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Pipeline

Workers weld together pipe as they construct a line for Meritage Midstream outside Douglas March 26. The Bureau of Land Management will launch a series of public meetings to consider a new pipeline that would snake across 1,150 miles of Wyoming federal land.

A proposal to designate 1,150 miles of Wyoming federal lands for a vast network of future pipelines entered the next phase of review Friday.

The Bureau of Land Management announced it would hold a series of public meetings on the Wyoming Pipeline Corridor Initiative, a project to expand the state's pipeline infrastructure and help companies transport carbon dioxide to existing oil reservoirs and recover leftover oil. 

The initiative stretches back almost eight years ago, when then-Gov. Matt Mead announced plans to expand the state's energy pipelines. In 2012, the Wyoming Legislature dedicated money from the Abandoned Mine Land fund to the project.

By approving a designated network of pipelines, the state reasoned it could potentially expedite the review process for future pipeline construction on federal land by oil and gas companies.

In a process known as carbon flooding, carbon dioxide is injected into reservoirs to remove residual oil that traditional drilling processes failed to extract. The strategy is already being employed by Anadarko, Devon, Denbury and several companies at oil fields throughout Wyoming, according to a July proposal submitted to the federal land management agency. But companies need to be able to access carbon dioxide affordably. That's where more pipelines come in.

Operators could source carbon dioxide from natural hydrocarbon reservoirs, or sequester it from existing power plants. It would then be transported along the pipeline corridor to oil fields.

"The initiative supports Gov. Mark Gordon’s goals of supporting carbon capture projects and extending the life of coal fired power plants in Wyoming," a Friday press release from the governor stated.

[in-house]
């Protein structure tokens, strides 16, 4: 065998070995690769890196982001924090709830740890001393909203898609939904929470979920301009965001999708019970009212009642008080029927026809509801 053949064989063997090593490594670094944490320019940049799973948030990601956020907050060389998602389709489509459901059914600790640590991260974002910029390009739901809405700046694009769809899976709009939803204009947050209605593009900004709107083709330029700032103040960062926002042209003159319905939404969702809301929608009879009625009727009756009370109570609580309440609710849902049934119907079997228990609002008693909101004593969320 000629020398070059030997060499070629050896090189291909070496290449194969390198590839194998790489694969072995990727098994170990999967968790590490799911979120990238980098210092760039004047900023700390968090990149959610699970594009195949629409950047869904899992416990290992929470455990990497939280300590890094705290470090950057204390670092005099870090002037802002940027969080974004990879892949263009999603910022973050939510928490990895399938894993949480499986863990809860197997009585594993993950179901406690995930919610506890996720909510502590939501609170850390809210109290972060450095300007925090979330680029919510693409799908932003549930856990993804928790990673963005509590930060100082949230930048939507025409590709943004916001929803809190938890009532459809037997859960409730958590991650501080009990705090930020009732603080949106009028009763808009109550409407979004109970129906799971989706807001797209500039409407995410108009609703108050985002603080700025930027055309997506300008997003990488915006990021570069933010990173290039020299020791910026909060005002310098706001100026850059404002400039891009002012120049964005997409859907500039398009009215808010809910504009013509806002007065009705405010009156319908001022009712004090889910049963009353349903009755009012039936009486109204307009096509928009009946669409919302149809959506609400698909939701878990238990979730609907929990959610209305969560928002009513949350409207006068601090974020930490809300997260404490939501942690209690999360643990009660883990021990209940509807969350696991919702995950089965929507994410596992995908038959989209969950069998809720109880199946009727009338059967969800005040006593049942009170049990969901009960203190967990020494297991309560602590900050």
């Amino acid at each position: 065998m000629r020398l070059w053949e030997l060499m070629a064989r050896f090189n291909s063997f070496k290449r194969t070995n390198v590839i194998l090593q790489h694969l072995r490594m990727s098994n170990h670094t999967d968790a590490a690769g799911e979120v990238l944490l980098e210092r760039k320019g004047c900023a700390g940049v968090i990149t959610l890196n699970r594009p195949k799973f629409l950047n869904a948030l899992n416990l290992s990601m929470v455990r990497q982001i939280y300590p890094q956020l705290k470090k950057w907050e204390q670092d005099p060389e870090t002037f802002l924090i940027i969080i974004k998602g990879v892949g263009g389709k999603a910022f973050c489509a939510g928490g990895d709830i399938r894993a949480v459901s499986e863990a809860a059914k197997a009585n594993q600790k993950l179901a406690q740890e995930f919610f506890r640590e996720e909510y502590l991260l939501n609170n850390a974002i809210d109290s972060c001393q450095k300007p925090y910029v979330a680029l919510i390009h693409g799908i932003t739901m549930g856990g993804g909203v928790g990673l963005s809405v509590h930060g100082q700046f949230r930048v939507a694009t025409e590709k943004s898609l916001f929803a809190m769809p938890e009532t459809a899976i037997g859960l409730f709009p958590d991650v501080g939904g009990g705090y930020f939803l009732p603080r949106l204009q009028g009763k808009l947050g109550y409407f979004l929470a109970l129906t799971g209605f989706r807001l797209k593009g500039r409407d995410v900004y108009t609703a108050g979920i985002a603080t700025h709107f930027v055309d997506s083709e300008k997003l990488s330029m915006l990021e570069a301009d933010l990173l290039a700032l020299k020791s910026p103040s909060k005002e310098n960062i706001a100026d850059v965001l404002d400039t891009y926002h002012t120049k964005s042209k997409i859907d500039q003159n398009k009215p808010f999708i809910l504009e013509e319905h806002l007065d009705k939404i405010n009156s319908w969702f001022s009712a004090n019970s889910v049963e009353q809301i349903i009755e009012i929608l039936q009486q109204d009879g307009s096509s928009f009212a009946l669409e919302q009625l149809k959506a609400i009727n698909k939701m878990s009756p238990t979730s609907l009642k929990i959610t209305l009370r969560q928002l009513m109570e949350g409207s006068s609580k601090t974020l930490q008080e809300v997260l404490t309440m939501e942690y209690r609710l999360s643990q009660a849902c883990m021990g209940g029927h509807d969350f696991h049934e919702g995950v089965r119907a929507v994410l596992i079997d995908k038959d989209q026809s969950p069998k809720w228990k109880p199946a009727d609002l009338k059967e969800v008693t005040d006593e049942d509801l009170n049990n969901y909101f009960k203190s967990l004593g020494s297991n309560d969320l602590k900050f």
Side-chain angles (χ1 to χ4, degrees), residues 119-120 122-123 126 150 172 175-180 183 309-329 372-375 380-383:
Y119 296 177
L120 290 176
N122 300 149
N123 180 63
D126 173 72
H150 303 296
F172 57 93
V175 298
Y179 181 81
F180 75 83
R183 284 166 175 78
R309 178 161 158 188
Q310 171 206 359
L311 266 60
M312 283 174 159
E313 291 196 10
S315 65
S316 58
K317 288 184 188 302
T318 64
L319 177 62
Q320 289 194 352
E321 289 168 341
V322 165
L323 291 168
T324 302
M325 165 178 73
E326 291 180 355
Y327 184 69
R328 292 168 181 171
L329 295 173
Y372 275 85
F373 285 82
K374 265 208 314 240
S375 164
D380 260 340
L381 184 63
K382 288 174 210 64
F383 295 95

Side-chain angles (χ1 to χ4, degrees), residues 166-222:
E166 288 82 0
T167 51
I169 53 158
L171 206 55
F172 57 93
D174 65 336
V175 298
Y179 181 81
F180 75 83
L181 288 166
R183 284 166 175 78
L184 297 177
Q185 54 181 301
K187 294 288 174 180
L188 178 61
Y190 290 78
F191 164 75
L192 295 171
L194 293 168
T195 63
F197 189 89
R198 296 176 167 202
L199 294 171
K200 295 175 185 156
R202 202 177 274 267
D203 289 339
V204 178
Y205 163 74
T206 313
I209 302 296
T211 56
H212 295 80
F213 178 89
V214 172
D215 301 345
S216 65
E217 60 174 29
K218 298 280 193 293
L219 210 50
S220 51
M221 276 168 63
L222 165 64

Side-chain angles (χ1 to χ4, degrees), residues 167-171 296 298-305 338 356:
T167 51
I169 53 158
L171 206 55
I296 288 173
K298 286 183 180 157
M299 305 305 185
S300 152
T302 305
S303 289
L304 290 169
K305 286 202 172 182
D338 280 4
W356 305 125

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After the public scoping meetings next month, the Bureau of Land Management will conduct an intensive environmental impact statement  to consider harmful environmental impacts of pipeline development to sage grouse habitats, air quality, existing industry and much more. 

But the approval of the initiative may still be a long ways off, and opposition from conservation groups has already surfaced. Many conservationists worry the proposed pipeline corridor threatens vulnerable sage grouse habitats in Wyoming.

"Certainly pipeline corridors, with all the bulldozing, threaten sage grouse habitat," said Erik Molvar, executive director of the Western Watersheds Project. "In some cases, the reclamation (or clean up of the land) doesn't succeed and you get invasive weeds colonizing the land, too."

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The disturbed land coupled with warming temperatures can produce a ripe environment for the spreading of weeds that harm existing foliage and wildlife, Molvar explained. 

What's more, the federal government's approval of the proposal would not immediately authorize pipelines along the corridor, according to a spokeswoman for the Bureau of Land Management. Companies hoping to build a pipeline within the approved corridor would still need to undergo additional review processes. 

Public scoping meetings will take place next month at several locations throughout the state beginning on Dec. 9 in Cheyenne. 

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